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Old 01-27-2012, 08:08 PM
 
Location: here
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It sounds like she has some social anxiety. She could probably benefit from some therapy. See if you have EAP through your employer. You might be required to start there. You could see if your primary care doctor has a recommendation.

ETA psychologists can't prescribe drugs, so please ignore the posters who think that's the first thing that's going to happen. they're wrong.
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Old 01-27-2012, 08:14 PM
 
Location: Philadelphia, PA
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Quote:
Originally Posted by happyfamily1912d View Post
We'd like to seek professional counseling, but have never done this before. It's too important to me to just open the yellow pages and throw a dart. Can anyone advise on how to find/select a good counselor? Are there specific certification/methodology, interviewing tips, etc.

Thanks for any help.
Sorry to hear your daughter is having a hard time. If you decide to pursue counseling, I would second the suggestions above about getting referrals for counselors/therapists who specialize in kid/teen issues from your pediatrician, school counselor, trusted friend, etc.

Here are some links to go about finding a child/adolescent therapist and types of therapies (culled from a number of reputable sources that have lists of questions to think about when trying to choose someone, please don't consider it a push for medication, anxiety, or family therapy!!):

Where To Find Help For Your Child | American Academy of Child & Adolescent Psychiatry
Evidence-Based Mental Health Treatment for Children and Adolescents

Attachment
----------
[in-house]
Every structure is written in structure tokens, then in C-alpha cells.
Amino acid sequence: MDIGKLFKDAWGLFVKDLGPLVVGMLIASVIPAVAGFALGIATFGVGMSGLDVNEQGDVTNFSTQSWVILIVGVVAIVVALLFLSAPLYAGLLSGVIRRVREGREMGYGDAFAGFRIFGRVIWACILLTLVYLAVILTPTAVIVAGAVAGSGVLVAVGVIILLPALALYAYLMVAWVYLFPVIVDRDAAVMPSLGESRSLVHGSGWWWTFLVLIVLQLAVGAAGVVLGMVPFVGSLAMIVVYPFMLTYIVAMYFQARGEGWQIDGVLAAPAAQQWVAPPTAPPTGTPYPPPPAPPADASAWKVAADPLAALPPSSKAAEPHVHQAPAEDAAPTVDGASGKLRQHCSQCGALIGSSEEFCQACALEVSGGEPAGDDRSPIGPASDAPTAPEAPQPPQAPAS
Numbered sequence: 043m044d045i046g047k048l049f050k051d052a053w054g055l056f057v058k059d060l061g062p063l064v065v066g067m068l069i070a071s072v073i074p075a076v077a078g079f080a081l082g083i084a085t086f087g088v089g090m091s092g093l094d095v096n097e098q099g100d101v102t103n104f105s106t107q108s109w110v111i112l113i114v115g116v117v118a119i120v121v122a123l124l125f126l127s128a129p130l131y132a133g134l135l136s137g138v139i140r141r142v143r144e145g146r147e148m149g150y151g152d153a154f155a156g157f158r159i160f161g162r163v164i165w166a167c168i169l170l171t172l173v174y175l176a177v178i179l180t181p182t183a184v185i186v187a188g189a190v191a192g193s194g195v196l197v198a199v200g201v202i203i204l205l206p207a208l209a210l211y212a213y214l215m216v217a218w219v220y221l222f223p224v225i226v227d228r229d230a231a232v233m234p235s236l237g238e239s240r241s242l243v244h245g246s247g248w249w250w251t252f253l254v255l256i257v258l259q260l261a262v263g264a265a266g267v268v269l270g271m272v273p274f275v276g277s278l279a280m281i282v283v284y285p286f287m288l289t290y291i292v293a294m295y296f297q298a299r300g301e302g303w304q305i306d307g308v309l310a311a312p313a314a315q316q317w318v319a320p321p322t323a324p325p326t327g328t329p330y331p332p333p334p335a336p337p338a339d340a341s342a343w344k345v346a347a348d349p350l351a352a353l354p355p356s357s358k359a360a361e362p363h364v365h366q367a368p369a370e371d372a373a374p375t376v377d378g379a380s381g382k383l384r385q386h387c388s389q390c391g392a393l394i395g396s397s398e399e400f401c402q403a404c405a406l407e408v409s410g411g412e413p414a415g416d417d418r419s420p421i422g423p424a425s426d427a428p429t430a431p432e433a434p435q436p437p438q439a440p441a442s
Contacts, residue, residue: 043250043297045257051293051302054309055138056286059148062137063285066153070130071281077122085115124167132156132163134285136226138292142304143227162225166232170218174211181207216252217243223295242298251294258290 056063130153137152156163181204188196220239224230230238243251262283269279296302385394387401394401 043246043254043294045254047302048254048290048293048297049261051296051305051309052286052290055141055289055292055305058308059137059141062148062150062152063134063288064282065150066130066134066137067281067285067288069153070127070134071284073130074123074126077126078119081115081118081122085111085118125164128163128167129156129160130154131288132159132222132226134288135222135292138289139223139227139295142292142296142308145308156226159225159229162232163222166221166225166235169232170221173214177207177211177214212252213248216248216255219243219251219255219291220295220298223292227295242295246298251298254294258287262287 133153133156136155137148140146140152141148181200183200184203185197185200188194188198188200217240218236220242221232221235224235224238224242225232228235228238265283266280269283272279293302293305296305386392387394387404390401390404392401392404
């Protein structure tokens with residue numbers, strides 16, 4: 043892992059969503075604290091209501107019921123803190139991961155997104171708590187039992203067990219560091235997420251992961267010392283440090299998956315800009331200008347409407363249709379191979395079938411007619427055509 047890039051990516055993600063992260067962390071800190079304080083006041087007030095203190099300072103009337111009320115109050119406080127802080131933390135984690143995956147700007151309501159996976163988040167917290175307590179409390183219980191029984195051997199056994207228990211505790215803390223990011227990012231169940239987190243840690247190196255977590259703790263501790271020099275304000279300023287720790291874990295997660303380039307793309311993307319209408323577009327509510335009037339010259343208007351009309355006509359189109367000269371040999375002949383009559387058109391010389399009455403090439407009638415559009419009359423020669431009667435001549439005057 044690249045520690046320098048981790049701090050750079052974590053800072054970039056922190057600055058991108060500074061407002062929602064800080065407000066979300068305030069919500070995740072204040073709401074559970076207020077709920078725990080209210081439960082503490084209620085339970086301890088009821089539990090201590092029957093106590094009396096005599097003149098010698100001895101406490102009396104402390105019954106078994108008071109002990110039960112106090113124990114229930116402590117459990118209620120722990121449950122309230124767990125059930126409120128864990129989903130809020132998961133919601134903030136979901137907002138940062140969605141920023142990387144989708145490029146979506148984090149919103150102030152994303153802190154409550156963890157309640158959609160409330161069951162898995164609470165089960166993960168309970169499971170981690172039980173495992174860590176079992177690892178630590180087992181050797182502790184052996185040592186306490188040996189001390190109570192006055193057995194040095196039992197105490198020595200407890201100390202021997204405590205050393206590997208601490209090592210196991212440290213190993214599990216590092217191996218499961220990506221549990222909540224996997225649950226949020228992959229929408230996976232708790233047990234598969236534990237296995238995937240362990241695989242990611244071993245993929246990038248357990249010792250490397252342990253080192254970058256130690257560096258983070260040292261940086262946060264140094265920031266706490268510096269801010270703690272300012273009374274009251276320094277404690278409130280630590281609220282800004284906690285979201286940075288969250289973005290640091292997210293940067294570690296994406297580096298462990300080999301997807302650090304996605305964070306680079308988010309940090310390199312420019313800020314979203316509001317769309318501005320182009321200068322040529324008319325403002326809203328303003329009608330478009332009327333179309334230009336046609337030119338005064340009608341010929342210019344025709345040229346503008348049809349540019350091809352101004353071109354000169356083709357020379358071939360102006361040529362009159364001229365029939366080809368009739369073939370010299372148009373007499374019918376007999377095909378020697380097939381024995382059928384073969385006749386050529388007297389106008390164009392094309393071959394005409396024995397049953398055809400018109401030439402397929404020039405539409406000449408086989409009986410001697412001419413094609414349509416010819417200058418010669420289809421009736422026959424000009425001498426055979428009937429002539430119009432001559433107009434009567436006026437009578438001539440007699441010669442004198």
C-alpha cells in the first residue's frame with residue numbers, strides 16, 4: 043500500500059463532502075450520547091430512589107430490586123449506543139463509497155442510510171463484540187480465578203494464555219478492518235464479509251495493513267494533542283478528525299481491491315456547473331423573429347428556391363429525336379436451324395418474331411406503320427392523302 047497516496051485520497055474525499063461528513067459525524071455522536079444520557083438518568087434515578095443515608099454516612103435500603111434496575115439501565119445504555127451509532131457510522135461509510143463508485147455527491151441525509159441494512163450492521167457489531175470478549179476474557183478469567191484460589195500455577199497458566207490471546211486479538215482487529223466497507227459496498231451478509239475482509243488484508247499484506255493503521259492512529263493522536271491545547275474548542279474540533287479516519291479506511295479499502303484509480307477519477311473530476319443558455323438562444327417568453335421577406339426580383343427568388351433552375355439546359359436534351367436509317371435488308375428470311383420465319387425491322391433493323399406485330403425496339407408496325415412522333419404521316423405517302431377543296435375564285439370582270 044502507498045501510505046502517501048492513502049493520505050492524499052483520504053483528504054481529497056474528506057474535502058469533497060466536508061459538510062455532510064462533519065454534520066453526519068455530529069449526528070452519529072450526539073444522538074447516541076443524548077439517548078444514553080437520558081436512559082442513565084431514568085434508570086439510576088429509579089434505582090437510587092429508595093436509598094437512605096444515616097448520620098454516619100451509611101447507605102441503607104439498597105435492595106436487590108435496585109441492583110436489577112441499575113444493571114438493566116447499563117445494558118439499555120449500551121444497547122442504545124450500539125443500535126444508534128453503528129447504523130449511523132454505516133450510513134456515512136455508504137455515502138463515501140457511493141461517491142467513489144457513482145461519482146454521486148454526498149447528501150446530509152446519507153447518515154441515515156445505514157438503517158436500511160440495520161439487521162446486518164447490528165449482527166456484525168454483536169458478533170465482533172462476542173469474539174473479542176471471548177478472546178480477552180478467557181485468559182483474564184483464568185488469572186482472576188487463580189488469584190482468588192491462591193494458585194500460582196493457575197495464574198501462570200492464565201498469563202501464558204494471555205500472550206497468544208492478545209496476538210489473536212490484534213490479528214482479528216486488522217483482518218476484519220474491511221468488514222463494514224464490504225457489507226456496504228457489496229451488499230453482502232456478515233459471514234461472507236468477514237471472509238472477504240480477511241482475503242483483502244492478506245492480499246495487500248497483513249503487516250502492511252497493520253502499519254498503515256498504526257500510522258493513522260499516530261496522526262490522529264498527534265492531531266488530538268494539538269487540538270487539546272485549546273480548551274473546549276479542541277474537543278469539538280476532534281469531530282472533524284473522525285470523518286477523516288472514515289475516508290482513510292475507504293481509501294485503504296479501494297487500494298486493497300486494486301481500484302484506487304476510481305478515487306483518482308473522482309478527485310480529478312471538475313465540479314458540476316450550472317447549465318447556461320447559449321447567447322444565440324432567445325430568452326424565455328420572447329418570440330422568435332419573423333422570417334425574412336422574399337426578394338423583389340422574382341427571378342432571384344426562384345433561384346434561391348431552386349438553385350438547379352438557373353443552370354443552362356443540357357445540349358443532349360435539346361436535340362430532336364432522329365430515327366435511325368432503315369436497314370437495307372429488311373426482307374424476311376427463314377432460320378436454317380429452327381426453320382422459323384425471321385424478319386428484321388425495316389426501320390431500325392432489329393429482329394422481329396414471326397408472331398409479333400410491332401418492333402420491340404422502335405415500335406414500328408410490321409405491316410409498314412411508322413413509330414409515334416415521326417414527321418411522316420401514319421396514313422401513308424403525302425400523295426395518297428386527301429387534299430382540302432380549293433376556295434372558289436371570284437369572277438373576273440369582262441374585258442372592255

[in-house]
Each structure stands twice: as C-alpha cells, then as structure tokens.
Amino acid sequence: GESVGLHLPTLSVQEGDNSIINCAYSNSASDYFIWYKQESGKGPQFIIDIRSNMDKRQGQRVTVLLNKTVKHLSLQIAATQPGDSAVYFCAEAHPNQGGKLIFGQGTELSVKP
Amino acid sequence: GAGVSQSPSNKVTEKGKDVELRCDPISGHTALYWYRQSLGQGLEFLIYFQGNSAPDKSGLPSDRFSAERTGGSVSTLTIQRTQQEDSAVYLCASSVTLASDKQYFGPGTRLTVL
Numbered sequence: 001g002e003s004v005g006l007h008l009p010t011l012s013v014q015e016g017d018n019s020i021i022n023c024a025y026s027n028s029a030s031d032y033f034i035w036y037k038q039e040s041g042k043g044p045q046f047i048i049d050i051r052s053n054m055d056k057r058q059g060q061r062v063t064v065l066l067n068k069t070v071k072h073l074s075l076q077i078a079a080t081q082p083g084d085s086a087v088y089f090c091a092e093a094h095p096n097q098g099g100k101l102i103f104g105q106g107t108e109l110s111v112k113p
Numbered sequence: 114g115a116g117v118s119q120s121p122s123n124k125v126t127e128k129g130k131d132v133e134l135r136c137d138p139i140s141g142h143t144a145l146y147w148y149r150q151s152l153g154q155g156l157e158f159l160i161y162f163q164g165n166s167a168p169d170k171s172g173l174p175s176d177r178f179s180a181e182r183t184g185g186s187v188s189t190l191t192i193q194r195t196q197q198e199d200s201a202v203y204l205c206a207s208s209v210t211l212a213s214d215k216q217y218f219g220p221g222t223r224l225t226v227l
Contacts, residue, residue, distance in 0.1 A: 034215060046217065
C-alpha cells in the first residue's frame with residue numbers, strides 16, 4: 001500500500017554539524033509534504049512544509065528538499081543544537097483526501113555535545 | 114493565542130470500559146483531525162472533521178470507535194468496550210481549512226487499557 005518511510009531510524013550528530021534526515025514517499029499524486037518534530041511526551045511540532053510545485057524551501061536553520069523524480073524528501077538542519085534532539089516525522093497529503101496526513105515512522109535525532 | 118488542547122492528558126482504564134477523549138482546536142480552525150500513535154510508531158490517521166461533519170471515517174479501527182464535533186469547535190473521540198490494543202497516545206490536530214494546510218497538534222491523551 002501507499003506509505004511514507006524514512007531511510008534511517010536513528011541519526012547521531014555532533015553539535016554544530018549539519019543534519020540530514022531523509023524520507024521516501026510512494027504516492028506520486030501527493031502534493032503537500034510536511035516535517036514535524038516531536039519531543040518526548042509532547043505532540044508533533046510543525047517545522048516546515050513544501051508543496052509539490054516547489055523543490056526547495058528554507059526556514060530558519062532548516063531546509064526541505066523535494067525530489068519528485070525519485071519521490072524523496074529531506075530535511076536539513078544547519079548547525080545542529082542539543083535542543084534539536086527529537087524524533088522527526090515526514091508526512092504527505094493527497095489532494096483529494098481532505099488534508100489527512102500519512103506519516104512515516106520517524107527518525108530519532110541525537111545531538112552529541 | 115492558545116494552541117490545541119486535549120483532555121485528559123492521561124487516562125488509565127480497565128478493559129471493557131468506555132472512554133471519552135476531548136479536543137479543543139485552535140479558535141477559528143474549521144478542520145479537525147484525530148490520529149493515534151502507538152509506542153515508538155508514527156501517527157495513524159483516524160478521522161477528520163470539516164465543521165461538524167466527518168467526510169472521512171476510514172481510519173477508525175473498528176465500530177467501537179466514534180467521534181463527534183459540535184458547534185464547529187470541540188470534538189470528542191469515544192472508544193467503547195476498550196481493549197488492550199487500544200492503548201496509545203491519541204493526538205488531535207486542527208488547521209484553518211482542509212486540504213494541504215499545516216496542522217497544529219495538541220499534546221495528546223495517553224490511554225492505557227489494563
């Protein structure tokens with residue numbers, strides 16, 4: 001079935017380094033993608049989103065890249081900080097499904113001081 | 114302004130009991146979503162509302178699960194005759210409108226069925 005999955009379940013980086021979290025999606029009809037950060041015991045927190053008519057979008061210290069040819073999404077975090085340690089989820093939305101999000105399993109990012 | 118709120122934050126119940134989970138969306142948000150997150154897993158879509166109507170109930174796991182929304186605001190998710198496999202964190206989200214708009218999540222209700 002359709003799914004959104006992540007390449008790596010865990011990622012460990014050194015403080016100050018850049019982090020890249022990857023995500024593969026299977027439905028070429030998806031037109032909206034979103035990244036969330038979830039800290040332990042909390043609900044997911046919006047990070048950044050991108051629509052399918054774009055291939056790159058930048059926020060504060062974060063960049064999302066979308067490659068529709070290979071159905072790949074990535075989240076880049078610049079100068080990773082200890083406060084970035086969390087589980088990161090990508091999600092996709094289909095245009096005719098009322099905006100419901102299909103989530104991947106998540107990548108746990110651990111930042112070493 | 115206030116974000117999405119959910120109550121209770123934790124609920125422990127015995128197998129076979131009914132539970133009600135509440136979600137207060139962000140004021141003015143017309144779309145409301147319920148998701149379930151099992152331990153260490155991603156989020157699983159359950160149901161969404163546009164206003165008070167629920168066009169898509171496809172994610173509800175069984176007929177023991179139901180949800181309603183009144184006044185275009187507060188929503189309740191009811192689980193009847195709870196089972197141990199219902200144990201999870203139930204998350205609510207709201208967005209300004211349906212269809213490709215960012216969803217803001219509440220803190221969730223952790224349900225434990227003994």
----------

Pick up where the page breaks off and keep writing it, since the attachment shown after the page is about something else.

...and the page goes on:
Choosing a Therapist for Your Child | Anxiety Disorders Association of America, ADAA

The state licensing board usually has a therapist search function, as does the American Psychological Association and the American Association for Marriage and Family Therapy.

A good therapist will also tell you if there's not a problem - if it's just normal life adjustment type stuff that can be managed without therapy or with brief therapy. Medications (despite other posters' opinions to the contrary) are not typically first line treatments with children. If you feel a professional is pushing meds or a diagnosis, please get a second opinion.

Hope this helps, best of luck to you.

Last edited by eastwesteastagain; 01-27-2012 at 08:23 PM..
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Old 01-27-2012, 08:16 PM
 
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The fact that she's able to make friends outside of school and interact in social settings is a good sign.

Do you know if she's been bullied? I was bullied in middle school and I don't think I spoke to any of my classmates for years out of fear of being rejected. These days schools are much more proactive when it comes to bullying, so if she is a victim, they'll take steps to stop it once they've been alerted.

Also, some people are just naturally quiet, which could contribute to her not approaching other students when you drop her off. Maybe she's waiting for them to approach her.

I'd ask the principal if she could have the guidance counselor call her into her office for a friendly chat. The guidance counselor would probably ask her about how she's adjusting to school and help her to open up about anything that's bother her. The guidance counselors at our school are wonderful about doing this and it keeps problems from escalating.
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Old 01-27-2012, 08:29 PM
 
47,576 posts, read 58,783,393 times
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Quote:
Originally Posted by happyfamily1912d View Post
Our daughter aged 12 is having issues at school, this year she is turned into a loner. She has friends outside of school and can interact with others nicely, but for some reason at school she has no friends. She's never been the most outgoing, but this year it seems much worse. For example we now notice that at morning drop-off she will stand by herself while all other kids talk in circles.

When asked, she says she is miserable going to school because she has no friends. The only thing she gives when we ask into it is that "no one talks to me".

I was very shy as a child, which stemmed from suffocating insecurities I had. She however doesn't otherwise seem to have alot of those. She's a straight A student, is extremely intelligent and mature, and is very accomplished as far as having been active and done well in various sports and activities. So we're at a loss as to what might be going on, and if she has a "shell", why. Other than being a "tween", and also having a moderate case of acne (which she's never indicated bothers her that much), we need to figure what's causing this.